We created the Fund for Shared Insight—a funder collaborative with diverse support from 30 different funders—to increase foundation openness. We believe that if foundations are more open—which we define as how they share about their goals and strategies; make decisions and measure progress; listen and engage in dialogue with others; act on what they hear; and share what they themselves have learned—they will be more effective.
We were so pleased to support Exponent Philanthropy’s video series featuring philanthropists being more open about their work: Philanthropy Lessons. We would love to see many more foundations make videos like these; engage in conversation with each other about these philanthropy lessons online and in person; share their experiences live at regional grantmaker association meetings or a national conferences like those Exponent Philanthropy hosts; and find other ways to be more open.
Why is this so important?
Recent research from the Center for Effective Philanthropy (report on CEP’s website here, full disclosure we funded this research) found that foundation CEOs see grantees, nonprofits that are considering applying for a grant, and other foundations working on similar issues as the top three audiences who benefit from a foundation being open about its work. Further, 86% of foundation CEOs who responded to the survey said they believe transparency is necessary for building strong relationships with grantees.
It was great to learn from this research that many foundations are open about their criteria for nonprofits seeking funding, their programmatic goals, and their strategies; and share about who makes decisions about the grantee selection process. Yet the research also found that foundations are not as open about sharing what they are achieving, how they assess their work, and their experiences with what has and hasn’t worked—and that foundation CEOs believe it would be beneficial for foundations to share more in these specific areas.
Foundations don’t have to share about how they assess their work and what works and what doesn’t— and often it may not be easy to share these types of reflections. I’ve written elsewhere about how foundations who want to share externally need to first be open to sharing information internally [Transparency Outside Starts Inside]. It takes time, resources, care, and commitment from foundation boards and staff to be more open. But we believe strongly that not only will foundations be more effective if they share more, but also if they are open to listening and learning from what others share, including grantees and the people they seek to help. Indeed, it’s probably one of the best and most effective ways for foundations to learn.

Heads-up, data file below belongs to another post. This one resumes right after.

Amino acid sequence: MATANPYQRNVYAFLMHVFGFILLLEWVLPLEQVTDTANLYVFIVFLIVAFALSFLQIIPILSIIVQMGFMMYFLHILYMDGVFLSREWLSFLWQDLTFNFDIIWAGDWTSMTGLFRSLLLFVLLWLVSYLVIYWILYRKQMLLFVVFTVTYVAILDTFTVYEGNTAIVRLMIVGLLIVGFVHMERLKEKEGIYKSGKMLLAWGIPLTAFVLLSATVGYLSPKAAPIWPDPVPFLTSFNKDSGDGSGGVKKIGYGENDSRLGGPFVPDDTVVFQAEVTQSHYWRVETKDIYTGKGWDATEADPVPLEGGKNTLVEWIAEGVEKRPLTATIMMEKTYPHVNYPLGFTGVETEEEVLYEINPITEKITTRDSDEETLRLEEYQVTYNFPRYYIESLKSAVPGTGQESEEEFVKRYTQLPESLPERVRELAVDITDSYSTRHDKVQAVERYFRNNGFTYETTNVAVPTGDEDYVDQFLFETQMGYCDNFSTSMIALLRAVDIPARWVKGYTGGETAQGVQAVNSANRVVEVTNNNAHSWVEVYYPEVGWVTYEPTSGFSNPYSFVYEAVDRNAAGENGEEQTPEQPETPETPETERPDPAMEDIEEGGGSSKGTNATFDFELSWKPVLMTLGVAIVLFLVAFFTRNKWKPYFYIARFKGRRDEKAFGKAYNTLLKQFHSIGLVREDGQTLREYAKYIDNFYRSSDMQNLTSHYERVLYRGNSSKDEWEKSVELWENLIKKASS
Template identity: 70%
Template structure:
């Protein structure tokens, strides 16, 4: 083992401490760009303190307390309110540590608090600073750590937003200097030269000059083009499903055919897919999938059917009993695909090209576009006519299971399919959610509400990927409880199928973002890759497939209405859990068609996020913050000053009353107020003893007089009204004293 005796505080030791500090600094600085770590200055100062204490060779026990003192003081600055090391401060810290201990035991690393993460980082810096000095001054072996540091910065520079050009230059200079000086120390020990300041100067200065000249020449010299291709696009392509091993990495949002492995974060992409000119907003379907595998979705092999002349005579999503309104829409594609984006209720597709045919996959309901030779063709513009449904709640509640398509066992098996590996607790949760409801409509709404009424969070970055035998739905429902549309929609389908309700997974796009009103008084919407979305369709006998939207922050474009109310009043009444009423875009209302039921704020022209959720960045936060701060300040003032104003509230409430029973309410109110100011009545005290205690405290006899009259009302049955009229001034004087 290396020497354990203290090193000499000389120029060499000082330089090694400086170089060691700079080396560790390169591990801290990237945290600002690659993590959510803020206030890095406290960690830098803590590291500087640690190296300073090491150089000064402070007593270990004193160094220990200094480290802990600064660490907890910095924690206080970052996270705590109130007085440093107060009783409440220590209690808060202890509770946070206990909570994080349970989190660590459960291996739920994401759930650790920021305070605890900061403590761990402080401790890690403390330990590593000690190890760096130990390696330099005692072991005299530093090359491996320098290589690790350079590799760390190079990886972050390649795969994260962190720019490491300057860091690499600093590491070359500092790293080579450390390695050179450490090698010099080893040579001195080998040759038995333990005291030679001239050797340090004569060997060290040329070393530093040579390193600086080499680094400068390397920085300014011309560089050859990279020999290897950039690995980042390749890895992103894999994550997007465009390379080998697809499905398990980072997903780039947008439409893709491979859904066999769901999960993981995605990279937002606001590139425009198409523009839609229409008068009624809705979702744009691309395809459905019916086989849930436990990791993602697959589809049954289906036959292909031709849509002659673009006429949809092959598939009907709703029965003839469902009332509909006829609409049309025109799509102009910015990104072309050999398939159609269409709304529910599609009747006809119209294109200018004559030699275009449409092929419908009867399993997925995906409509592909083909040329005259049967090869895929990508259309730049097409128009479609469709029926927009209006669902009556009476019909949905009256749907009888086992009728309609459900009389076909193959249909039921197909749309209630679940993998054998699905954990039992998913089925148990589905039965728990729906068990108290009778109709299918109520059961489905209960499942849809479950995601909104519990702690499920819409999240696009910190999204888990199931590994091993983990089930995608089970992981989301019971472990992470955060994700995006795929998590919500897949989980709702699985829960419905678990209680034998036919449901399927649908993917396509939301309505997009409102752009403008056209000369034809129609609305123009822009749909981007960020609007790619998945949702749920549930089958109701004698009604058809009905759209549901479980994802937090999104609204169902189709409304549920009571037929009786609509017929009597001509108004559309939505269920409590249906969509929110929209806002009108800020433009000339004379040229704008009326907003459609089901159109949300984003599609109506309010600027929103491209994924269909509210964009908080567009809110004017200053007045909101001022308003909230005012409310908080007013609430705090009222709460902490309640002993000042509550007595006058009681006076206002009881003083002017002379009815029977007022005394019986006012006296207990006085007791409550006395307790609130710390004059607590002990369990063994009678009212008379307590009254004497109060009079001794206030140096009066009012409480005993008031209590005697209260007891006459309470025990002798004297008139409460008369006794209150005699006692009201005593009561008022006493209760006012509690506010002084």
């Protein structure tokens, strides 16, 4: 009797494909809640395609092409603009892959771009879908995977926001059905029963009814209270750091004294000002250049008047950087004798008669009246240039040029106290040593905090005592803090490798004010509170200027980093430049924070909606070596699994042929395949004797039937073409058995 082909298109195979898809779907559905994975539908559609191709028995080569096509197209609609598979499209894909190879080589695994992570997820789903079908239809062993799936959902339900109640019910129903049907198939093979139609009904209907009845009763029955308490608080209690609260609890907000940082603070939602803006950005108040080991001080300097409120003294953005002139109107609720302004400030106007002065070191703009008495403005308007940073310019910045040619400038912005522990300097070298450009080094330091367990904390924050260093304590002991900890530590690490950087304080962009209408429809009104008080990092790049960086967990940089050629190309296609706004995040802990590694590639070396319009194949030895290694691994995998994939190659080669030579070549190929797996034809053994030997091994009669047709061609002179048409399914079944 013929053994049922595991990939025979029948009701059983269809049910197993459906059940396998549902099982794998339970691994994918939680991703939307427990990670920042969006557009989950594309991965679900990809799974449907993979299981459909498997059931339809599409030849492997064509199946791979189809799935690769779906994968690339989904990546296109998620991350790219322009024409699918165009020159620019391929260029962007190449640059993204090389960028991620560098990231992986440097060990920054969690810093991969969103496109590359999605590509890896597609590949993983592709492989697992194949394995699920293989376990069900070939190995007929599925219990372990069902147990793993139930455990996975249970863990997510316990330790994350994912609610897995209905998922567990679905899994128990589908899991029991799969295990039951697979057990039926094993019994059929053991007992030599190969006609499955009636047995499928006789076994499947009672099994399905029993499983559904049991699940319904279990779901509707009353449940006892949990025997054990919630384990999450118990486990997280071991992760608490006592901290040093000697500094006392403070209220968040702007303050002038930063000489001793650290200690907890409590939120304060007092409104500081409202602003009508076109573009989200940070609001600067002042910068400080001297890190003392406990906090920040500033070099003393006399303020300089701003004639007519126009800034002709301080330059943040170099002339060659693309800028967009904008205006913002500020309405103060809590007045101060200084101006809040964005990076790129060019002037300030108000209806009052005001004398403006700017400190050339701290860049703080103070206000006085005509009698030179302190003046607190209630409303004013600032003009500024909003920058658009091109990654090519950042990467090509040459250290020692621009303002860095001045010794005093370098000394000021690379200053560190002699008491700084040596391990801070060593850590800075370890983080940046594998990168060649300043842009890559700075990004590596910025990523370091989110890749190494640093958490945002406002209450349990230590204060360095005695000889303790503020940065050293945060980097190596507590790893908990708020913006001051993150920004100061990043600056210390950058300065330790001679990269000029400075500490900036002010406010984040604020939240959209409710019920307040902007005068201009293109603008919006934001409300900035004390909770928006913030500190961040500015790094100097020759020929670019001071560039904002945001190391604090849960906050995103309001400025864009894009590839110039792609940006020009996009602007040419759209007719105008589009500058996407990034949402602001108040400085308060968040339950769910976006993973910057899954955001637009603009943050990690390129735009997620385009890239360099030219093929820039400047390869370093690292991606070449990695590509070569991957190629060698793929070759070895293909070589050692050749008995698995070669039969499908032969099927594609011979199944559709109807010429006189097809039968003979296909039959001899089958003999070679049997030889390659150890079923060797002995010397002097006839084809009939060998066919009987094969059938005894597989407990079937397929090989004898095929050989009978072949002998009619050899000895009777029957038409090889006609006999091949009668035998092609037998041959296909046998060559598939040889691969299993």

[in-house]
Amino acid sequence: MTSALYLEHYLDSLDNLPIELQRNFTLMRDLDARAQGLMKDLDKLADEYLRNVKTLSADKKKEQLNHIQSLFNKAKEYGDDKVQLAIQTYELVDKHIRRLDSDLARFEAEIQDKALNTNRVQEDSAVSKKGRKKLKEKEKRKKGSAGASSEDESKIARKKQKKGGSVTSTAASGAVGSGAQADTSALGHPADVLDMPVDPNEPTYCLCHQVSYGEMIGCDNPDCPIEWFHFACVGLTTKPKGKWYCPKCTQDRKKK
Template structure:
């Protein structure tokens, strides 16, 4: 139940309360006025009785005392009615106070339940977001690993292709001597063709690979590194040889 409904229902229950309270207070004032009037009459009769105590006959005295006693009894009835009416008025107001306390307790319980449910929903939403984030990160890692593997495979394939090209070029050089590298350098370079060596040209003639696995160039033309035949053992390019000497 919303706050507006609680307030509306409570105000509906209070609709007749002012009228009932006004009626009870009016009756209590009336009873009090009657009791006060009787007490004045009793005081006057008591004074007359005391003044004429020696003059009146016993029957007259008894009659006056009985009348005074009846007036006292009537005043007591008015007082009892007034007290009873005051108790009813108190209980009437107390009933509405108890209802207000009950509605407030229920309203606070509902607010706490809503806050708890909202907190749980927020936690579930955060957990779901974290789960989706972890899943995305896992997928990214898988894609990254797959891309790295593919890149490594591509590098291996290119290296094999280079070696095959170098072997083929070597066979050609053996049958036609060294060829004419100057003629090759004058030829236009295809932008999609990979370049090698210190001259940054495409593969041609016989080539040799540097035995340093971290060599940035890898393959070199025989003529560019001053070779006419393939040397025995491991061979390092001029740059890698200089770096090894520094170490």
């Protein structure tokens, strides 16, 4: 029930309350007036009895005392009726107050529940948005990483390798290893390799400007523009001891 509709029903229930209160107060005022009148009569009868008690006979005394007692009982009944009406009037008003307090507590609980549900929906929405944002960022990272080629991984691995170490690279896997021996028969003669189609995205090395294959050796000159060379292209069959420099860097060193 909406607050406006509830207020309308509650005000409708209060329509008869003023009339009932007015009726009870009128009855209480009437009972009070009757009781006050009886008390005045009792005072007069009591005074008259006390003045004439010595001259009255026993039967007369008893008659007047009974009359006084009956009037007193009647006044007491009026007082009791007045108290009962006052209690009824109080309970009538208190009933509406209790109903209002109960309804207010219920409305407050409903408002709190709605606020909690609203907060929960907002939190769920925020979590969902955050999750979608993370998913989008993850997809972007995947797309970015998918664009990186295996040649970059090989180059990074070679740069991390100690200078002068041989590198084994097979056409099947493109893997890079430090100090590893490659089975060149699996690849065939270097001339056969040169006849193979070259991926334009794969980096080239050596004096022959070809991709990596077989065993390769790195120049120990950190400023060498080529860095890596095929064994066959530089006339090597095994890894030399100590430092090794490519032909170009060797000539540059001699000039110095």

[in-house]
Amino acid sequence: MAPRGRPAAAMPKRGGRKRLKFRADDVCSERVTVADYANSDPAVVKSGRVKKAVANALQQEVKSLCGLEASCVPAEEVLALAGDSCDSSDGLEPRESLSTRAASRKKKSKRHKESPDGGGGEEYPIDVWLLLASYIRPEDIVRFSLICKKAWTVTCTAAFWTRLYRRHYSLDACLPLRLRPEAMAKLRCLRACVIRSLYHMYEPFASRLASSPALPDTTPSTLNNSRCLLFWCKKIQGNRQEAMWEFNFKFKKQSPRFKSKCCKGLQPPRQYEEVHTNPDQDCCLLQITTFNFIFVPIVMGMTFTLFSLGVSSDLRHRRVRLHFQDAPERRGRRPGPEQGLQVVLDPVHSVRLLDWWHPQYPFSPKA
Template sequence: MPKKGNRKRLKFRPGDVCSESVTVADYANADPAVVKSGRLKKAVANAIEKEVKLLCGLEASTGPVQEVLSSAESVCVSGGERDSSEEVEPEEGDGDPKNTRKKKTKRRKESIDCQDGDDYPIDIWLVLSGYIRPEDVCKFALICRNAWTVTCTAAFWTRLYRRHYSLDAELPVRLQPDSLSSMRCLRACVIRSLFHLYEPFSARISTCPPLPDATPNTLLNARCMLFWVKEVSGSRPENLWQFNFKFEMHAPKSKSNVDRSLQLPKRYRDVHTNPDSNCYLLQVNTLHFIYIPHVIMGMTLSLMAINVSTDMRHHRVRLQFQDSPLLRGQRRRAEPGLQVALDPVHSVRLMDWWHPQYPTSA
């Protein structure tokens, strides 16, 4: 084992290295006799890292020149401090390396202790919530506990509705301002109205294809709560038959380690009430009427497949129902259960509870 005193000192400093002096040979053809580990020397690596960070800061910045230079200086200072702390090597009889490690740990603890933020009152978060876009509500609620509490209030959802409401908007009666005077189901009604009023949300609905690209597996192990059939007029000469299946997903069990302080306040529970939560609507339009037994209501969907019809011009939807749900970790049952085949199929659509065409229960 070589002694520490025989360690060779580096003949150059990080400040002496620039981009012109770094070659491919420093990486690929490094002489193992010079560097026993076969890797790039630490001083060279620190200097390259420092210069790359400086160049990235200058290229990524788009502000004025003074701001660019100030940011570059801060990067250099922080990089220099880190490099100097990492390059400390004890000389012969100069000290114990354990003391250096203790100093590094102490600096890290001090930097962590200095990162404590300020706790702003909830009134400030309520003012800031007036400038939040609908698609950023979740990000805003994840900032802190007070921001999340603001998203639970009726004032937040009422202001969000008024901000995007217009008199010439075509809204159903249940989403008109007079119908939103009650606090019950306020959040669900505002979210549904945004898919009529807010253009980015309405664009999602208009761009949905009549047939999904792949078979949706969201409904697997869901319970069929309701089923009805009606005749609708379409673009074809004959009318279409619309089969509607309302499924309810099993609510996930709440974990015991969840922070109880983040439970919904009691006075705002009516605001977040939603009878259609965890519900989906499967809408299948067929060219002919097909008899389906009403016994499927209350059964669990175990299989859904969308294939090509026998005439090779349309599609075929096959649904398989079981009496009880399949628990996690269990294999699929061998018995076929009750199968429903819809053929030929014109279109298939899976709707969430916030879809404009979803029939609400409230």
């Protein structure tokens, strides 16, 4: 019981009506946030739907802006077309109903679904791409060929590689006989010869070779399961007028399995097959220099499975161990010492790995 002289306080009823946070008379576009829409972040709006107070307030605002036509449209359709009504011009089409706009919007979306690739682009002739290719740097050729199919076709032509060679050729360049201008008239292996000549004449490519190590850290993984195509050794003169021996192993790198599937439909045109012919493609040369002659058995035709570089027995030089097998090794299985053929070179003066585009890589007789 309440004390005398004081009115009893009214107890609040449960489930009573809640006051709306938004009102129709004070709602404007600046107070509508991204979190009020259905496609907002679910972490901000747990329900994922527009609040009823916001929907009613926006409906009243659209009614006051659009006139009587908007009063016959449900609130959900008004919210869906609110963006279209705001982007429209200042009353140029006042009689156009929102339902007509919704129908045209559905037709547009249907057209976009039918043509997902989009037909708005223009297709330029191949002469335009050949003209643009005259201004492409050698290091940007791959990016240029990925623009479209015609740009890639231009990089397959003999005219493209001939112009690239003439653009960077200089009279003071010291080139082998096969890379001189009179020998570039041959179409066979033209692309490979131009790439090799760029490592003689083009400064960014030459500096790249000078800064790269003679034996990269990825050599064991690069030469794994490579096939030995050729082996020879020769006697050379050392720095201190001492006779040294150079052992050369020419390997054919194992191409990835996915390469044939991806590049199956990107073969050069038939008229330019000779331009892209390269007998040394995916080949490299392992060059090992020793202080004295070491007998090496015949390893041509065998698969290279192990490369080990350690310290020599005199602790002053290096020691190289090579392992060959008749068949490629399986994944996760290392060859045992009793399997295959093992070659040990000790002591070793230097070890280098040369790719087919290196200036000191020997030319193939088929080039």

We also believe, based partly on our own experience as a funder collaborative where we are learning together faster than we would on our own, that groups of foundations and cross-sector organizations will make more progress on increasing foundation openness than individual efforts. We also believe that all of this work will take time. Change is often hard and change in philanthropy is often a long-term endeavor. We invite more foundations to join Shared Insight and be a part of improving philanthropy together. We also invite foundations to spread the word about our new open request for proposals to nonprofits who are working on increasing foundation openness. More details are at http://www.fundforsharedinsight.org/grants/foundation-openness.
Lindsay Louie is a program officer for Philanthropy Grantmaking at the William and Flora Hewlett Foundation. One of the two main strategies in her work is the Fund for Shared Insight.